Far in the past I used to review books on another blog (back when I was cluttering up the blogosphere with multiple blogs rather than this single one) and I have been thinking about getting back to it here.
My idea is to share books that I’ve read, and evaluate their usefulness for RPG or wargaming enthusiasts. There’s a lot of stuff out there about what is helpful and what isn’t, but this’ll be my take on it. So what have I been reading?
The first two books of the Harbinger Trilogy by Diane Duane, Starfall at Corivale and Storm at Eldala. Both of these are written for TSR away back as part of the Alternity RPG. I will say this about both books–in the TSR corpus of novels many appear to be fantasy novels shoehorned into the D&D world by aspiring authors who couldn’t get their novels published otherwise. As a result, there’s a lot of disconnect between the novels and gaming experience (e.g. the whole “Spellfire” nonsense)
Diane Duane is a graduate of that other paperback mill– Star Trek novels — but does in fact do her homework about the StarDrive setting for Alternity and sets up a pretty RPG-esque backstory of a ignomiously cashiered space marine teaming up with a wandering alien and going into the freelance spaceship-for-hire business. In between cargo runs and speculative mining the marine character tries to discover why he was framed for murder. Shuffled into the mix is a spooky unknown alien race creating legions of space zombies. Good stuff.
By book two of the Trilogy the plot has gone completely off the rails and features a home-grown alien race, no real movement on the initial plot, and a sort of stone-induced-psychic bond that appears in the first twenty pages of most Anne McCaffrey novels. And while I haven’t read the third novel, I have the sneaking suspicion that a lot of threads will be tied together a little too tidily.
I’ve read almost every book Lincoln Child and Douglas Preston has ever written, either singularly or together, and can honestly say that if you’ve read one, you’ve read most of them, especially the earlier works (their fascination with the distinctly unlikeable character of FBI agent Penderghast is beyond me). That doesn’t mean that their novels are bad, on the contrary they can tell a good techno-horror-scifi-thriller story quite well, albeit over and over again. Deep Storm has all the hallmarks of a Child/Preston work:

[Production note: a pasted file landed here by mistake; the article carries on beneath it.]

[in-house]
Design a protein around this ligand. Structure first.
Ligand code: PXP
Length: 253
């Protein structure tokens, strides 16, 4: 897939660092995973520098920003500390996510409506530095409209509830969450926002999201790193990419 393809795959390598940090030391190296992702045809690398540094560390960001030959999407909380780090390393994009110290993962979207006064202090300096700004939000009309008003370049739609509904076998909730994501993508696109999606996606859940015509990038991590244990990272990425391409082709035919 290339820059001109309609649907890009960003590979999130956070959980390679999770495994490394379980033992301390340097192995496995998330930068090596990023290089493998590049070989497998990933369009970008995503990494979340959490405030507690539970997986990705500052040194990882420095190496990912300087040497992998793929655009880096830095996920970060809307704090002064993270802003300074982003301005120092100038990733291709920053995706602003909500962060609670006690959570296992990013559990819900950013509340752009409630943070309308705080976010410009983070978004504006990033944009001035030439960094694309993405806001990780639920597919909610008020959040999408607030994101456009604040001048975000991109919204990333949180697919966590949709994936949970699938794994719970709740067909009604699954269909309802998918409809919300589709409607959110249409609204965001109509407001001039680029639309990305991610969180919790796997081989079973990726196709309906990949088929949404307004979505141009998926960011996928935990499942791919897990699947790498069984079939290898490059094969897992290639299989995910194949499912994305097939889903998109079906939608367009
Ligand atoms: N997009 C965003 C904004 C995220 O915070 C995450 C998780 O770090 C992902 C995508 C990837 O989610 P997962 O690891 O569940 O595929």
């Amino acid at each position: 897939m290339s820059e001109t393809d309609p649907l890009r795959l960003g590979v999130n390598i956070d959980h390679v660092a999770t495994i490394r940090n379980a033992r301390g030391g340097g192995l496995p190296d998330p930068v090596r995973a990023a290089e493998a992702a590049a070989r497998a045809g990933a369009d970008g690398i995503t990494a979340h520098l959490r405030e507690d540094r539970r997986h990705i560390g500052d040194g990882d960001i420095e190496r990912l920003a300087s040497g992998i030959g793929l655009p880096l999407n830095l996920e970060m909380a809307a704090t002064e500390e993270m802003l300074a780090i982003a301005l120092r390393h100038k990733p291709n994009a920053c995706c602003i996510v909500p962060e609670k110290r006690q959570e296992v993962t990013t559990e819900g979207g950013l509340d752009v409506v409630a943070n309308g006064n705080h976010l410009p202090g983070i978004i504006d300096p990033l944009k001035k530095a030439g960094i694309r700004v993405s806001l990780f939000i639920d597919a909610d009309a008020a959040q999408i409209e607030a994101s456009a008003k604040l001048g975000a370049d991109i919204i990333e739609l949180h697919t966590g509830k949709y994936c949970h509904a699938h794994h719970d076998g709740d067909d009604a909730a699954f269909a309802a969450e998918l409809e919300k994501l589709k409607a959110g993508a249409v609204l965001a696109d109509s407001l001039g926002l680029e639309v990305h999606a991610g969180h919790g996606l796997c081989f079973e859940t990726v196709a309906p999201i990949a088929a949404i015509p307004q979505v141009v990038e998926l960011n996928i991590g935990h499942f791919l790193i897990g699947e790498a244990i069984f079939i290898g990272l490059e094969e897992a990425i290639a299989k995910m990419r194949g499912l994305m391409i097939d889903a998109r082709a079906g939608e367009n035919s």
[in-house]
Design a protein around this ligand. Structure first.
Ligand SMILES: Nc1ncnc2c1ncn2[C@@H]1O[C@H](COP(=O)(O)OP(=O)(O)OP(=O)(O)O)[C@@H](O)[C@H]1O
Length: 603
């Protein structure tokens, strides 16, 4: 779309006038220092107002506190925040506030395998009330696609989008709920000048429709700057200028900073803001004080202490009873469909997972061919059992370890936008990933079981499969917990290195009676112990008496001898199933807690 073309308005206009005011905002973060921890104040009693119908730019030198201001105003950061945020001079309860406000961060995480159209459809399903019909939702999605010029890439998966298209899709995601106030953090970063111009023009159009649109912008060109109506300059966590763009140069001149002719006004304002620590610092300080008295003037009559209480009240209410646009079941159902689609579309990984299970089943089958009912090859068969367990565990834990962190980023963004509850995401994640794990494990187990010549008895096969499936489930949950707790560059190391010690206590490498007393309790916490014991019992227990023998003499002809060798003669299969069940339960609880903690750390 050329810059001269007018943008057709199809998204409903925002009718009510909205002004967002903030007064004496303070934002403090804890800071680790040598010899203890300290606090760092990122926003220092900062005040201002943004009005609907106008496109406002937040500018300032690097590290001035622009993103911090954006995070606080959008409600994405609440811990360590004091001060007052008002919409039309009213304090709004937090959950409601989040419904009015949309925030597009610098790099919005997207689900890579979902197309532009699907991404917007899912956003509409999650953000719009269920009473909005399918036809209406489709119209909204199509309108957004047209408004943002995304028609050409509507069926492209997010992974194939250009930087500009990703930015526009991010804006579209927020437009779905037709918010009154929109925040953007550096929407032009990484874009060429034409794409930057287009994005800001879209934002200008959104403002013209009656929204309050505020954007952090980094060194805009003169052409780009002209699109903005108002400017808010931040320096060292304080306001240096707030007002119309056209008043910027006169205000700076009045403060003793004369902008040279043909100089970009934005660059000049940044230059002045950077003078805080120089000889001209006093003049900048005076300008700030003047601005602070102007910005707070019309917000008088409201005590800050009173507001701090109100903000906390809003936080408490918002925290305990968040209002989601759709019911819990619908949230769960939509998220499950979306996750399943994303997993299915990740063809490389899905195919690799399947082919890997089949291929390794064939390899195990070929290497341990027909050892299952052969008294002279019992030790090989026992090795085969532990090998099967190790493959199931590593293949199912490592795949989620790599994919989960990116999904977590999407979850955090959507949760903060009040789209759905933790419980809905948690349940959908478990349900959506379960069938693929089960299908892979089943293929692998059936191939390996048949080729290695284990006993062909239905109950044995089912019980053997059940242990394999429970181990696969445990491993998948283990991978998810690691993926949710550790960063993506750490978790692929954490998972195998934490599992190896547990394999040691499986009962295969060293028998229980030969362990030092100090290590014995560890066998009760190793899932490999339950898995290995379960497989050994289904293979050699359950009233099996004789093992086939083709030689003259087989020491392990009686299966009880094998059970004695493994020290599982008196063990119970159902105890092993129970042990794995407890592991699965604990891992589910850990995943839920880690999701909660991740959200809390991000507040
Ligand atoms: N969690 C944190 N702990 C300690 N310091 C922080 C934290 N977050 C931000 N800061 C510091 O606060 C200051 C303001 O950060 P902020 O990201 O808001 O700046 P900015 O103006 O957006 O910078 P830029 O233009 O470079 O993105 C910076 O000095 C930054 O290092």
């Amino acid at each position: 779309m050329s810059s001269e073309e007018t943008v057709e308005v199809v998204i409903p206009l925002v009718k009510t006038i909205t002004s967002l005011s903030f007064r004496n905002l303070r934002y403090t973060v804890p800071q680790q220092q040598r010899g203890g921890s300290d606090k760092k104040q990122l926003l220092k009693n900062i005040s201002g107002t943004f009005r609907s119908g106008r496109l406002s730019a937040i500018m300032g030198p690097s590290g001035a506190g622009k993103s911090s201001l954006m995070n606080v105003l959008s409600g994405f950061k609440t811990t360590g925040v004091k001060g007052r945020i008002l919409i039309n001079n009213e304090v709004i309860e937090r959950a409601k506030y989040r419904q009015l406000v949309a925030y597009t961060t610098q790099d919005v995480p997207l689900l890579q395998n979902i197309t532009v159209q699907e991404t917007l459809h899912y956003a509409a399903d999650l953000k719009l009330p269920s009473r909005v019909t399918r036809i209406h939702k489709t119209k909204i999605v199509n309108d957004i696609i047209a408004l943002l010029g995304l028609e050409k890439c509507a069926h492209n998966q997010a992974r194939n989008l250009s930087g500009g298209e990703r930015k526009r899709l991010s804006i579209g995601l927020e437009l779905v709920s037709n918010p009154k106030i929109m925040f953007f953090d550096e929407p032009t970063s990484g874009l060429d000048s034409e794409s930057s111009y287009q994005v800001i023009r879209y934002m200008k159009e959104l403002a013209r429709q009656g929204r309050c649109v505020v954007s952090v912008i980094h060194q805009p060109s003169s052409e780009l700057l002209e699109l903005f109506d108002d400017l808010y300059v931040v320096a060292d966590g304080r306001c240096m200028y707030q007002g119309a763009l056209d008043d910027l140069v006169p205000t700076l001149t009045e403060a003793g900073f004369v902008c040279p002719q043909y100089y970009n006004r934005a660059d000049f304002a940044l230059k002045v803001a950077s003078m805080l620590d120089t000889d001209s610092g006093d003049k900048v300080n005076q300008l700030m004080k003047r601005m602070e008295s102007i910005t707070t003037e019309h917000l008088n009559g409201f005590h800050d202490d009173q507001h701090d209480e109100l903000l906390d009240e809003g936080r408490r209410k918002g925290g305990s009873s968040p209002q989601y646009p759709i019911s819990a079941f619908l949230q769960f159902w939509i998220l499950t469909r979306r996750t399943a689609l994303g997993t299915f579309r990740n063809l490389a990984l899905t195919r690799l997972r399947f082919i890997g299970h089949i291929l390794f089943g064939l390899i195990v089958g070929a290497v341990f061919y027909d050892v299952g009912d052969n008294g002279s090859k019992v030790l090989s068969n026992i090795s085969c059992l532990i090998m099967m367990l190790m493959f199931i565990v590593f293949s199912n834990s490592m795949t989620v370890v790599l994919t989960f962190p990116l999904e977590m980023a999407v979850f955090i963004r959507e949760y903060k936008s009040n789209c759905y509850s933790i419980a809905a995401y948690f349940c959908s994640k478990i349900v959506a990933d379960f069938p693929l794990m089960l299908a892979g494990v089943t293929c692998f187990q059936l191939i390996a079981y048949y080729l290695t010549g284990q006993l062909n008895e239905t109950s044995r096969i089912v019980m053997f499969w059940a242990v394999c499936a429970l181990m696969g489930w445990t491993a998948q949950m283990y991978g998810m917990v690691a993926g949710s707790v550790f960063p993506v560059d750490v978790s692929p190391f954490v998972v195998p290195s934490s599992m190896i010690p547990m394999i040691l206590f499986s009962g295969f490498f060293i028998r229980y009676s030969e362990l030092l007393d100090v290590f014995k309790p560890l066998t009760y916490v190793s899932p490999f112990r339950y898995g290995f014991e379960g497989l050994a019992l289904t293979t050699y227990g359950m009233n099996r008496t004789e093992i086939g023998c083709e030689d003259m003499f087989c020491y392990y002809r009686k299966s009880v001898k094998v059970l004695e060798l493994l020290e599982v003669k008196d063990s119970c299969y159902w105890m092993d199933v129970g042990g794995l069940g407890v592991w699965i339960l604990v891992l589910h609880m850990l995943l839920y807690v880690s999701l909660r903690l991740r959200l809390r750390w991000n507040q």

- generic intelligent scientist protagonist
- beligerent but attractive female character (whose development as love interest is as inevitable as it is underdone)
- out-of-the-way exotic locale
- bizarre unknown element slowly driving everyone crazy and/or killing them
- crazy antagonist in some security-related position (classic “brains vs. bully” conflict)
Lather, rinse, repeat. In the case of Deep Storm the hero is a former navy doctor going to a deep underwater laboratory, not to be confused with the geologist going to the antartic in The Ice Limit or the biochemist going to the American Southwest in Dragon Mountain. There something has been discovered that is causing bizarre and ultimately homicidal medical problems in the crew.
My knocking the authors for their lack of ingenuity is a little harsh–what they have to offer for gamers in Deep Storm and elsewhere is a treasure trove of highly colorful characters, exotic locales and fairly straightforward plot devices that could easily keep any GM running a horror/techothriller RPG in business for years. You could easily retool the stories for Shadowrun or d20 Modern or even Call of Chthulu with nominal effort. You could even dial up or down the technology for fantasy or sci-fi. I guess what I am meaning to say is that Child and Preston generated what would have been standard fare for the pulp magazines of previous generations, which in turn became the backbone of the RPG experience, and certainly provide more fodder for your RPG campaign than most “in house” novels published by game companies today.